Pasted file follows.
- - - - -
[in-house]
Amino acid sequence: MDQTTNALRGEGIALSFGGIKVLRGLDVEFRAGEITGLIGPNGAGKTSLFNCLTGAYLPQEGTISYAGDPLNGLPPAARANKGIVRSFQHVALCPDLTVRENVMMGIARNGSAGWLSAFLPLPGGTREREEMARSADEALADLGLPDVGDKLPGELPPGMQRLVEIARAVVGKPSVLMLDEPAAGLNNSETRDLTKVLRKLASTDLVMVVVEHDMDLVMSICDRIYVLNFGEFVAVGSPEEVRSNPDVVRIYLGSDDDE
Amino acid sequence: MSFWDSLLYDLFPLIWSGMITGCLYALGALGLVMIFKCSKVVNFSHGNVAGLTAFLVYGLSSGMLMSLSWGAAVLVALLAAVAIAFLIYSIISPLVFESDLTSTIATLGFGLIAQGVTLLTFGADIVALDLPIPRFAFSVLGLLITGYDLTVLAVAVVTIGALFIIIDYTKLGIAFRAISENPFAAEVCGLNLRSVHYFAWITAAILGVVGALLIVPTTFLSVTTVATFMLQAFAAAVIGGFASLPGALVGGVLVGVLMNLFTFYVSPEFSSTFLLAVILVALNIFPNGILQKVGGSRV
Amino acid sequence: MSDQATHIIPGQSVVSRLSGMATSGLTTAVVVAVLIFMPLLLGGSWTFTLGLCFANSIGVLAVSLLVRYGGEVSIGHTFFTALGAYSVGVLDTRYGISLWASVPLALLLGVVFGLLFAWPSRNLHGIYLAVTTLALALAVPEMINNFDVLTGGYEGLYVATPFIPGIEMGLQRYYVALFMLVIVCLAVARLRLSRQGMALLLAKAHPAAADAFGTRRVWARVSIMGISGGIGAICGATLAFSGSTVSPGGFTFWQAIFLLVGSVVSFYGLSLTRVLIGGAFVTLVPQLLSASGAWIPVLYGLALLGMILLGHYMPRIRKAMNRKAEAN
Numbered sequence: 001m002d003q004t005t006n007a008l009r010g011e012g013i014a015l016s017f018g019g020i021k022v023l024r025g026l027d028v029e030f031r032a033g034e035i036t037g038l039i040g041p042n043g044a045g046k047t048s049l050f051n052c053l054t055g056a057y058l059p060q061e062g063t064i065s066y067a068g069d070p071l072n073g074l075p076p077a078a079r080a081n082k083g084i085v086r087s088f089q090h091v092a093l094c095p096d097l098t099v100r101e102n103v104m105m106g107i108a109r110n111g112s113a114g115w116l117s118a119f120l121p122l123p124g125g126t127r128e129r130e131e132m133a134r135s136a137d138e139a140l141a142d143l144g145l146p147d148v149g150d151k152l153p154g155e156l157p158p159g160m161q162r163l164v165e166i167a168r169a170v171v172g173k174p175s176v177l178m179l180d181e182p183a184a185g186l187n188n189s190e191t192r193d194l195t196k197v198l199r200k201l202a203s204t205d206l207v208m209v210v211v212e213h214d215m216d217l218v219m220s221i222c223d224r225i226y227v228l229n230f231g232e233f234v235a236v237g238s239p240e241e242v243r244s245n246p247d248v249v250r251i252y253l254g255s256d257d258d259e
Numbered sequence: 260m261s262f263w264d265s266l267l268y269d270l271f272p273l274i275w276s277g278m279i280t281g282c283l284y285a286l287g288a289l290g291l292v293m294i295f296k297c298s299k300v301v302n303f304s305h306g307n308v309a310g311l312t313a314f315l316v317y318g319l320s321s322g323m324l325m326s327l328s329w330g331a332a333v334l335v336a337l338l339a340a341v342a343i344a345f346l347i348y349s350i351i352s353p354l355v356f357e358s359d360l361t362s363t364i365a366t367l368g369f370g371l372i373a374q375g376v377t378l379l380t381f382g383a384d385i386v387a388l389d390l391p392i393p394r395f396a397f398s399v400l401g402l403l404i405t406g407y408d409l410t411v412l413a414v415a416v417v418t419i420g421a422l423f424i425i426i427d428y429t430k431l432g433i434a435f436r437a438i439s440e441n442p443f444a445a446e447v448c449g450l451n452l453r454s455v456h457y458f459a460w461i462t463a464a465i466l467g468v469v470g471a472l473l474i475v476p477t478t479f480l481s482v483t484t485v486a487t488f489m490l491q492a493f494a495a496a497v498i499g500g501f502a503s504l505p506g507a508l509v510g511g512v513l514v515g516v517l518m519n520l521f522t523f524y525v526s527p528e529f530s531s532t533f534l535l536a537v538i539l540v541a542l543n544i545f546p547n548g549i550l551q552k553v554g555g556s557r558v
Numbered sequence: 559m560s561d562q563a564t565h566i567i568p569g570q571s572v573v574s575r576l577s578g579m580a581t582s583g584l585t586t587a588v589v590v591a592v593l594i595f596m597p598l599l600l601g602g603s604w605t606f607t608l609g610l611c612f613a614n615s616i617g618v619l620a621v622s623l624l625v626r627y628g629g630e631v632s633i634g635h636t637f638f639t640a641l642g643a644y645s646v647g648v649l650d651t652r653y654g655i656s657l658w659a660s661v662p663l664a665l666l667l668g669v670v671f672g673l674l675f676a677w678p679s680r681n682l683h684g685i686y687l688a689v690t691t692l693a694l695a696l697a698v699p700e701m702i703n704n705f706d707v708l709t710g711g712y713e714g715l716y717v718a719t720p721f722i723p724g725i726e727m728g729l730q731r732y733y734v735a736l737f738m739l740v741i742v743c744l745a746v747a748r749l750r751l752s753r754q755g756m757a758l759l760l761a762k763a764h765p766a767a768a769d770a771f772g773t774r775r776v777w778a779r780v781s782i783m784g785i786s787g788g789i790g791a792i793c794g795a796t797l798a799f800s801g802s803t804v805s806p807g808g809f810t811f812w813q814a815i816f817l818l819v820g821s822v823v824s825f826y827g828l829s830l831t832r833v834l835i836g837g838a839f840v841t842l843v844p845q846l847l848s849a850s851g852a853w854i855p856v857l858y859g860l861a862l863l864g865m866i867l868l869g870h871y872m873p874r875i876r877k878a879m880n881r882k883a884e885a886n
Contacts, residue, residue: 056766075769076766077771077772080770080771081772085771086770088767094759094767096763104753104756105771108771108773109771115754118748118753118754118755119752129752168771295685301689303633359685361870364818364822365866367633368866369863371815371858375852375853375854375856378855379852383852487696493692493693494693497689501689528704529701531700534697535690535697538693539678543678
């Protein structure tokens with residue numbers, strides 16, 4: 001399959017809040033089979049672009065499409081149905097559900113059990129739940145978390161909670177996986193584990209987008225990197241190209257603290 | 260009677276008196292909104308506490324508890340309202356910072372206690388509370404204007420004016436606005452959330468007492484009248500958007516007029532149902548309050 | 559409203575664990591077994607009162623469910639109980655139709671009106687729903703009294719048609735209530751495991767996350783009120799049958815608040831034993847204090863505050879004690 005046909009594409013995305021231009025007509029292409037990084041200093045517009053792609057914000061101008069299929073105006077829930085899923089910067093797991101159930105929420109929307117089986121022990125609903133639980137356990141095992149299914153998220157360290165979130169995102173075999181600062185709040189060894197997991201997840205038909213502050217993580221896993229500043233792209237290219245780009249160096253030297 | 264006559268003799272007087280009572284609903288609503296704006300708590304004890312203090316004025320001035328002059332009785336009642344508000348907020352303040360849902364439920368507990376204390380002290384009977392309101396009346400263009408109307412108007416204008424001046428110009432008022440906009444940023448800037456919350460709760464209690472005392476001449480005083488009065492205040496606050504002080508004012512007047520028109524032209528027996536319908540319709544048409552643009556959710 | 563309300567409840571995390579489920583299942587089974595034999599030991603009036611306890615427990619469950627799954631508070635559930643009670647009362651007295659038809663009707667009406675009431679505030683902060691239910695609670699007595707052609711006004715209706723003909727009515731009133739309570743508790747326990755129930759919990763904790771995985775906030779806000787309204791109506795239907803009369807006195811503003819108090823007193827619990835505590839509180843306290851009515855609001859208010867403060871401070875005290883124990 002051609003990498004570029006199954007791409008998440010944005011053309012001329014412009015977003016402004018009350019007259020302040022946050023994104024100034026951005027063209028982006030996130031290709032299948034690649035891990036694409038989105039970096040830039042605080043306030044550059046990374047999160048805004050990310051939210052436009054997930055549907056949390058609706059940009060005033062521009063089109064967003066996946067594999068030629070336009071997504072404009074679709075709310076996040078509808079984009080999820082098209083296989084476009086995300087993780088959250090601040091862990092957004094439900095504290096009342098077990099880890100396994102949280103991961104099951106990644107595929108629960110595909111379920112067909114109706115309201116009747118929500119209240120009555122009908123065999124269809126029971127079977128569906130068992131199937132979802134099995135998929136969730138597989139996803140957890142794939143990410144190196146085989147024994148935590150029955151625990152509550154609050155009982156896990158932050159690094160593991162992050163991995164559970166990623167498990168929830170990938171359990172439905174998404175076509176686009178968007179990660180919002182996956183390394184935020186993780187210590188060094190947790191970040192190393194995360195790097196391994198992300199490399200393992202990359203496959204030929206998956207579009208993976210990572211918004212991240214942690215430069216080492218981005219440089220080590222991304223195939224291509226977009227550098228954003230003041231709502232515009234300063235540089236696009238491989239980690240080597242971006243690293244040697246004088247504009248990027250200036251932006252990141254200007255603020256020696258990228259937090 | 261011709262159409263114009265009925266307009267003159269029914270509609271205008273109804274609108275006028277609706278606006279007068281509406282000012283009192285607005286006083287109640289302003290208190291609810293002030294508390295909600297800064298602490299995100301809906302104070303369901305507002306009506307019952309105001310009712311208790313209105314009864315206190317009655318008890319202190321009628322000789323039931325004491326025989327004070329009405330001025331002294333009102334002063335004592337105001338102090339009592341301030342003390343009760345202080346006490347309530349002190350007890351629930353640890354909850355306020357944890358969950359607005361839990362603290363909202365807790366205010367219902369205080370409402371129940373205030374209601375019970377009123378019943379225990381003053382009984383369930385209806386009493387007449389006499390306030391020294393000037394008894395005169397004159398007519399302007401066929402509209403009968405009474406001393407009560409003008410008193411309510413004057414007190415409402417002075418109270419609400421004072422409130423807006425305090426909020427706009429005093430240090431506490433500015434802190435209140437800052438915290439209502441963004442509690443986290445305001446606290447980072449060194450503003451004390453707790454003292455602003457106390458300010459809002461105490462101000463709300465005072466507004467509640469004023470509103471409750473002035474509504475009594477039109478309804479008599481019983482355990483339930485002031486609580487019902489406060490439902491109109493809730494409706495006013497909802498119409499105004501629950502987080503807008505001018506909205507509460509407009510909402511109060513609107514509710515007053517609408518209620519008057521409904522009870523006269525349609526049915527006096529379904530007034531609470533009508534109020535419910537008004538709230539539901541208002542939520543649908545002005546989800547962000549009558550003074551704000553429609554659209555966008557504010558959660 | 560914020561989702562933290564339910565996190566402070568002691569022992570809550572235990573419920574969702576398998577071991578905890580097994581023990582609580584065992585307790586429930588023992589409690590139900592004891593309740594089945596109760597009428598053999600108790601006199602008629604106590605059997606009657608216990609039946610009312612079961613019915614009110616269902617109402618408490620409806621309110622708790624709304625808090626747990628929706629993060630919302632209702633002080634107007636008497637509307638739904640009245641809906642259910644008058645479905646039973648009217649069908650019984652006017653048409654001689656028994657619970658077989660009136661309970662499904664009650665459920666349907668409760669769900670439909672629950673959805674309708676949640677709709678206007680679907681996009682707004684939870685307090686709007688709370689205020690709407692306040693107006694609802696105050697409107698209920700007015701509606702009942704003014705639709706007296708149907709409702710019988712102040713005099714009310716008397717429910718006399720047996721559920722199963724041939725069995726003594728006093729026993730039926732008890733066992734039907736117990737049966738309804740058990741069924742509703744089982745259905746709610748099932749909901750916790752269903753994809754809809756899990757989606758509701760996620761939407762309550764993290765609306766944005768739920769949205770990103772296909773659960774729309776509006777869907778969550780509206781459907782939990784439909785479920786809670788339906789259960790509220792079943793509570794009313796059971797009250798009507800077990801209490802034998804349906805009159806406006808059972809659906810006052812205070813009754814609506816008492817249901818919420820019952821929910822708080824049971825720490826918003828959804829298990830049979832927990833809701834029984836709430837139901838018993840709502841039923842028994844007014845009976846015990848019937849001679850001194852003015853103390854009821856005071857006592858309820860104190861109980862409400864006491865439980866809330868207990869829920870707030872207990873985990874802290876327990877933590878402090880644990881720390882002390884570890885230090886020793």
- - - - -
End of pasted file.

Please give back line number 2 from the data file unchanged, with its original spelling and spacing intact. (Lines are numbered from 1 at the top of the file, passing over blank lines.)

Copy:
Amino acid sequence: MDQTTNALRGEGIALSFGGIKVLRGLDVEFRAGEITGLIGPNGAGKTSLFNCLTGAYLPQEGTISYAGDPLNGLPPAARANKGIVRSFQHVALCPDLTVRENVMMGIARNGSAGWLSAFLPLPGGTREREEMARSADEALADLGLPDVGDKLPGELPPGMQRLVEIARAVVGKPSVLMLDEPAAGLNNSETRDLTKVLRKLASTDLVMVVVEHDMDLVMSICDRIYVLNFGEFVAVGSPEEVRSNPDVVRIYLGSDDDE